Cyprus: Endgame

It is an open question whether the two leaders of Cyprus will go into the history books as joint authors of a difficult settlement that brought a new style of government under the European Union. It is equally possible that the current talks will break down, that the Republic of Cyprus will enter the Union, and that northern Cyprus will vote to become part of Turkey.

The World Today
5 minute READ

Christopher Brewin

Senior lecturer, Keele University

Since this change of frontiers without the consent of all parties would bring sanctions against Turkey, it would also mean the end of its customs union with the EU, and its membership option. Cyprus would be the scene, not only of a clash of communities and nations, but of civilizations.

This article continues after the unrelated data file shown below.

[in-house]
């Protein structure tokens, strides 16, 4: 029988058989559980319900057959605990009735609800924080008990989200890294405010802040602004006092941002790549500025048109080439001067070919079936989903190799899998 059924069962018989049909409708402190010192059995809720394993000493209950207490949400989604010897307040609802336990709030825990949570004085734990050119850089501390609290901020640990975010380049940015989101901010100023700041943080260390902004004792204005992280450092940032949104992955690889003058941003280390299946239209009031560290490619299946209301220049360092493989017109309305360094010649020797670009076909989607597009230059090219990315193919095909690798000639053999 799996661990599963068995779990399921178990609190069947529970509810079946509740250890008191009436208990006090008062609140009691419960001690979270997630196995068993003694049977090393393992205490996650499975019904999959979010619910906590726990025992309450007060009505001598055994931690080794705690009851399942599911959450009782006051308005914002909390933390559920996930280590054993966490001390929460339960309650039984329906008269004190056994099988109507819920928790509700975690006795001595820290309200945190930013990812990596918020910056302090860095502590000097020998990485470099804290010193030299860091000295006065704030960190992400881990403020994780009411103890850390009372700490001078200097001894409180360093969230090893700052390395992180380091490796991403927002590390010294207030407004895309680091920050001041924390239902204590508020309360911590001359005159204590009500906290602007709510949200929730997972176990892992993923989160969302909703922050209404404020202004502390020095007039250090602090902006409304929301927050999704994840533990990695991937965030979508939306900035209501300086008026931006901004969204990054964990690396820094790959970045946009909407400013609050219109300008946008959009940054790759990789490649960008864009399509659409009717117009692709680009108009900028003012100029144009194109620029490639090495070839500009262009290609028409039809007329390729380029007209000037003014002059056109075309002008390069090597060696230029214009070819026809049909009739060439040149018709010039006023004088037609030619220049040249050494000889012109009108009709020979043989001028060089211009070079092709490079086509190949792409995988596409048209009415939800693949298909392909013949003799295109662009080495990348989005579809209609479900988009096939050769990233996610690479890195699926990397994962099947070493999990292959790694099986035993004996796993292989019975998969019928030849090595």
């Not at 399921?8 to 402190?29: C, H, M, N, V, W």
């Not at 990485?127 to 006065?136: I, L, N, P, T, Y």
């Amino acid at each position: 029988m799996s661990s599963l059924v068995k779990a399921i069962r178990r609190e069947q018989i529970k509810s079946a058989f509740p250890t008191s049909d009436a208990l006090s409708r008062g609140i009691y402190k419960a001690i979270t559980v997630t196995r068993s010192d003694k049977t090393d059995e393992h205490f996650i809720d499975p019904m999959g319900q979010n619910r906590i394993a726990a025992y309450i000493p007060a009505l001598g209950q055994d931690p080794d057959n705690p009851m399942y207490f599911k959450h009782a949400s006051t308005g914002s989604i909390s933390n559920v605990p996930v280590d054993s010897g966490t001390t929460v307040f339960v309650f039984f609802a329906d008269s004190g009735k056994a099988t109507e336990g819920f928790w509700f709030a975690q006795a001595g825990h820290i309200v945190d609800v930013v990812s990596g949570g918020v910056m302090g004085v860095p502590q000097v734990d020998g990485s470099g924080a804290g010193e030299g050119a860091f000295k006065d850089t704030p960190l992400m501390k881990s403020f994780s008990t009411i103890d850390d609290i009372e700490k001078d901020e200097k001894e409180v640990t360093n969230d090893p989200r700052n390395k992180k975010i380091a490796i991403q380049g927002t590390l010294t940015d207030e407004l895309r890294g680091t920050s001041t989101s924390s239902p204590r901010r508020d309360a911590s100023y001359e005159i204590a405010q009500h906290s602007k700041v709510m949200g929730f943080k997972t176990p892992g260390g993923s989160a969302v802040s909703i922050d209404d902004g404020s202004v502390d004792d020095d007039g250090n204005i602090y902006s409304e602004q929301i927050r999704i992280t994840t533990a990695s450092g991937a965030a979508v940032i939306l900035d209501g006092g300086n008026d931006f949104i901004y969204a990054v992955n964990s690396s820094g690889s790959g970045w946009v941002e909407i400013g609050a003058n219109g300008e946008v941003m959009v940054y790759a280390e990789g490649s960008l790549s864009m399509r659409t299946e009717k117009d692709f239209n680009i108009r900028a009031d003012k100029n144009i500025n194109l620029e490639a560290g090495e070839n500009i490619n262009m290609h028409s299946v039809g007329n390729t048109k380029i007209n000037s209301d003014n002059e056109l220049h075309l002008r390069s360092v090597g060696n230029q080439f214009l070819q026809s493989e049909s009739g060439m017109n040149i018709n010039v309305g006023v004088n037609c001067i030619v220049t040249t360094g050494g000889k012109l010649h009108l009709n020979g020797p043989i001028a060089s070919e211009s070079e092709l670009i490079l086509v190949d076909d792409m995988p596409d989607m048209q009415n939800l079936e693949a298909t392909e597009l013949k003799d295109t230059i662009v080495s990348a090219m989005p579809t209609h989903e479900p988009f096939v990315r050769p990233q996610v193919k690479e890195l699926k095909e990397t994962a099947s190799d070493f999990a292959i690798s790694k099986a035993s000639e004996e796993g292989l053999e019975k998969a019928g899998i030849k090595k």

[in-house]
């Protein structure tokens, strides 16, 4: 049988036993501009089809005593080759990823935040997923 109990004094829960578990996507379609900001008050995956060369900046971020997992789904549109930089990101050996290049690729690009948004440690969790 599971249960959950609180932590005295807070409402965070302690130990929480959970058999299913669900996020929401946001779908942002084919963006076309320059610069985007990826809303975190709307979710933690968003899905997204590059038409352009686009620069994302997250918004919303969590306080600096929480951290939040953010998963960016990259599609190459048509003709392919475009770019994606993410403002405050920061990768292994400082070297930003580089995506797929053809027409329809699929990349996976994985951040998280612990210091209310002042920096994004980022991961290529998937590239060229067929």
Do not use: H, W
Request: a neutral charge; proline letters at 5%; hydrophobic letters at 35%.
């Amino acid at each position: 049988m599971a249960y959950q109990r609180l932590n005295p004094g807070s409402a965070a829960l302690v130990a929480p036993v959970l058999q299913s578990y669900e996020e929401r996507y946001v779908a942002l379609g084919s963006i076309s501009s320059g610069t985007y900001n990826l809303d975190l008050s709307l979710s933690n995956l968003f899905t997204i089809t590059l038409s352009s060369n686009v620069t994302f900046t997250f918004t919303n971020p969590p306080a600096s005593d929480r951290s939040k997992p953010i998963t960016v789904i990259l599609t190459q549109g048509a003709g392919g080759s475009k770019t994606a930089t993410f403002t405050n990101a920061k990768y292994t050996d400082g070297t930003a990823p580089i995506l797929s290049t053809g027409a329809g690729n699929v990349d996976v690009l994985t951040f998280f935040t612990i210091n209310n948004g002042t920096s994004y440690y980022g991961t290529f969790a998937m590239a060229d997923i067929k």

The Cypriot kaleidoscope is being shaken again. On December 4, Glafcos Clerides and Rauf Denktash, the leaders of the Greek and Turkish Cypriots, agreed to hold direct talks until ‘a comprehensive settlement is achieved.’ The target is for the two to agree the main lines of reunification of the island by July.

If agreement is not reached, the risks are great. Turkey is likely to match the integration of Greek Cyprus into the European Union (EU) with its formal integration with Turkish Cyprus. This would end its customs union with the EU, thereby damaging trade relations, and its own path to membership, reducing foreign investment.

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